Published 12:00 am Friday, February 3, 2012
By Sarah Campbell
SALISBURY — The dropout rate in the Rowan-Salisbury School System fell last year to its lowest level in a decade, according to school officials.
“I hope these numbers are indicative of what’s to come in the future,” said Dr. Jim Emerson, chairman of the Board of Education.
According to data released Thursday by the N.C. Department of Public Instruction, 214 Rowan-Salisbury students dropped out of school in 2010-11, for a dropout rate of 3.36. That’s down from 276 students and a rate of 4.24 in the 2009-10 school year, the state reported.
Spokeswoman Rita Foil said the district ranks 27th among the state’s 115 school system for its reduction in dropouts last year.
“This is a top priority for our district,” Superintendent Dr. Judy Grissom said in a press release. “Our staff will continue to work hard and focus efforts to address the problems that cause students to drop out.”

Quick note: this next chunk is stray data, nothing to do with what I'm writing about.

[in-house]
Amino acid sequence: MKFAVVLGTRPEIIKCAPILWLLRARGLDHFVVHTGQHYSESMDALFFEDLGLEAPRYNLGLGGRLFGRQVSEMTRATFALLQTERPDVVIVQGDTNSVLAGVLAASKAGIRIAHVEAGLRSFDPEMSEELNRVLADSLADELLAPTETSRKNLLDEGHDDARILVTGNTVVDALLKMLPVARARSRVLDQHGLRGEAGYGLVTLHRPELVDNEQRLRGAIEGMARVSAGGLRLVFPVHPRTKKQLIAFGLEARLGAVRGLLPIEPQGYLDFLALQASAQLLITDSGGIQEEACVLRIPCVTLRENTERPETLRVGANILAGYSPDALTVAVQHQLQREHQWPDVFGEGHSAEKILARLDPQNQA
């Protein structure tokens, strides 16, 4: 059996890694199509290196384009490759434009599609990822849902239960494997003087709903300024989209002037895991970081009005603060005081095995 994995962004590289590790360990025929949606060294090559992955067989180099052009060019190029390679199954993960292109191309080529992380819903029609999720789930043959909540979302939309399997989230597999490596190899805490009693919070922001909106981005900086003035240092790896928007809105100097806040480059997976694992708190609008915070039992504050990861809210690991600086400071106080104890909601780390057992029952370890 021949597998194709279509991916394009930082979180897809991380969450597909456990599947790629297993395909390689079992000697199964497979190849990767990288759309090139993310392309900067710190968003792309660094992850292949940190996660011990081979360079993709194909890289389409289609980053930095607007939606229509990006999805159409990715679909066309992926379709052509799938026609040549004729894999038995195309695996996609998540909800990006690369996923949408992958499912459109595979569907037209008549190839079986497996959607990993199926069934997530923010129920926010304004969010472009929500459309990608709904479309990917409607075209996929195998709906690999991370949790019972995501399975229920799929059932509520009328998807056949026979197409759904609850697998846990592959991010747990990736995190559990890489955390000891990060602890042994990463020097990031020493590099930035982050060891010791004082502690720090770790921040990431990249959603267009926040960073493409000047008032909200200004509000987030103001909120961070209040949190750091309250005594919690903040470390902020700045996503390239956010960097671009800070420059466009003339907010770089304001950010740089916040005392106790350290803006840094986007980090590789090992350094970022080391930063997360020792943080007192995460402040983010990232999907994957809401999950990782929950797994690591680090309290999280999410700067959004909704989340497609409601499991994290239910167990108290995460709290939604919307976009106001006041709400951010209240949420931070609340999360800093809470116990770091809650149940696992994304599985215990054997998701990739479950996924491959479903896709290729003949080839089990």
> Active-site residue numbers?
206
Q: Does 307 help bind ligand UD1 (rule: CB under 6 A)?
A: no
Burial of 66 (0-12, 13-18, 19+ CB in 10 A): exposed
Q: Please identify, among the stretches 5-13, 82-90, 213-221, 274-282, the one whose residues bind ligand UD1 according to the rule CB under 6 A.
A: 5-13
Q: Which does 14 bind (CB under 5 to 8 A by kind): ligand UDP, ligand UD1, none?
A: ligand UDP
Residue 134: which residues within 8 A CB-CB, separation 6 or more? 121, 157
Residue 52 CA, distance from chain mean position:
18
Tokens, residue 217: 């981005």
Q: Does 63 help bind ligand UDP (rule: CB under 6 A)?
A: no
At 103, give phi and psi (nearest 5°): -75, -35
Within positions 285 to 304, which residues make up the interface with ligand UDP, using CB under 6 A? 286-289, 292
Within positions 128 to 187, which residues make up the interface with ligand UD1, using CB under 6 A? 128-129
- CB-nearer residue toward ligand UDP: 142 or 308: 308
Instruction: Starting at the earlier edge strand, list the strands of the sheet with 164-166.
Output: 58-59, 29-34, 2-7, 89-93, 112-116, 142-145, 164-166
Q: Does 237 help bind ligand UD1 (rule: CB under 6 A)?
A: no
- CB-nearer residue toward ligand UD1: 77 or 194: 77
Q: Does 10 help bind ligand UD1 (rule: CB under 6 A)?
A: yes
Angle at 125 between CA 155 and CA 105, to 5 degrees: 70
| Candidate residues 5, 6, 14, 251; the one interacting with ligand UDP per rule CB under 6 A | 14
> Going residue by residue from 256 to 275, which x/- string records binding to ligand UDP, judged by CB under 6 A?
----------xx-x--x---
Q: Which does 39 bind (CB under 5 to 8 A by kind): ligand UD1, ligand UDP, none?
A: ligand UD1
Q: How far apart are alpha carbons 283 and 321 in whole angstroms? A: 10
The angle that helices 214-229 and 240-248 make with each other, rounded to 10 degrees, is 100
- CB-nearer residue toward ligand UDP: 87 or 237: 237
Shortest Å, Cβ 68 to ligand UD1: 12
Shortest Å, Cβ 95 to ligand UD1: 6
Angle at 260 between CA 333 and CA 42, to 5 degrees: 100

Rowan-Salisbury’s numbers also were better than statewide figures.
Across North Carolina, 15,342 students dropped out last year, compared with 16,804 the previous year. The state dropout rate went from 3.75 in 2009-10 to 3.43 in 2010-11.
Kannapolis’ rate up
While Rowan-Salisbury’s 22.5 percent decrease in the number of students who dropped out mirrored a statewide trend, Kannapolis City Schools saw a 3.8 percent increase.
Last school year, 81 students left Kannapolis City Schools short of graduation, up from 78 the previous year. In the much smaller school system, that increased the dropout rate from 5.29 to 5.44, according to state figures.
“We can’t really pinpoint why (the numbers) went up last year,” said Ellen Boyd, the district’s public information officer. “The rate had come down considerably the year before because we put a lot of resources in place to purposely prevent dropouts.”
Boyd cited A.L. Brown High School’s mentoring and credit recovery programs, as well as the district’s newly established alternative learning center, as resources to help students stay in school.
“These things have been extremely effective in reducing the dropout rate,” she said.